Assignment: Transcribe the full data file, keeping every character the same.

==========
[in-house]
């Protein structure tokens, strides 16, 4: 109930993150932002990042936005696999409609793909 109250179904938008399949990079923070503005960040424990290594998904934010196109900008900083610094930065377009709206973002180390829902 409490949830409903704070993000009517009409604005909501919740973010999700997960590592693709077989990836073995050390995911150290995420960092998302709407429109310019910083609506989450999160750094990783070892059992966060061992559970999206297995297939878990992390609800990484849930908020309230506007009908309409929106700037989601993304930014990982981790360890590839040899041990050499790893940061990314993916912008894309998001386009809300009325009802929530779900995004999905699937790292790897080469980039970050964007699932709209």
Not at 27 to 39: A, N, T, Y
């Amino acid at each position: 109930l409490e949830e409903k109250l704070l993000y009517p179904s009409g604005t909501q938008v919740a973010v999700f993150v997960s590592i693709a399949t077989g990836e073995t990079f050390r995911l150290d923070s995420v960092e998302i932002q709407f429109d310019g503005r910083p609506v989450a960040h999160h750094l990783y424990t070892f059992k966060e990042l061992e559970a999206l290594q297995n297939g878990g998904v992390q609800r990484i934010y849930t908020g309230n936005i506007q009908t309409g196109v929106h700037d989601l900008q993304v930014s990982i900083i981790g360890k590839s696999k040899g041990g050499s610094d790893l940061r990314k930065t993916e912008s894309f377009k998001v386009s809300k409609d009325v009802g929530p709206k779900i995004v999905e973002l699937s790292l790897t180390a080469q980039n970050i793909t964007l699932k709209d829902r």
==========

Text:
[in-house]
């Protein structure tokens, strides 16, 4: 109930993150932002990042936005696999409609793909 109250179904938008399949990079923070503005960040424990290594998904934010196109900008900083610094930065377009709206973002180390829902 409490949830409903704070993000009517009409604005909501919740973010999700997960590592693709077989990836073995050390995911150290995420960092998302709407429109310019910083609506989450999160750094990783070892059992966060061992559970999206297995297939878990992390609800990484849930908020309230506007009908309409929106700037989601993304930014990982981790360890590839040899041990050499790893940061990314993916912008894309998001386009809300009325009802929530779900995004999905699937790292790897080469980039970050964007699932709209």
Not at 27 to 39: A, N, T, Y
């Amino acid at each position: 109930l409490e949830e409903k109250l704070l993000y009517p179904s009409g604005t909501q938008v919740a973010v999700f993150v997960s590592i693709a399949t077989g990836e073995t990079f050390r995911l150290d923070s995420v960092e998302i932002q709407f429109d310019g503005r910083p609506v989450a960040h999160h750094l990783y424990t070892f059992k966060e990042l061992e559970a999206l290594q297995n297939g878990g998904v992390q609800r990484i934010y849930t908020g309230n936005i506007q009908t309409g196109v929106h700037d989601l900008q993304v930014s990982i900083i981790g360890k590839s696999k040899g041990g050499s610094d790893l940061r990314k930065t993916e912008s894309f377009k998001v386009s809300k409609d009325v009802g929530p709206k779900i995004v999905e973002l699937s790292l790897t180390a080469q980039n970050i793909t964007l699932k709209d829902r």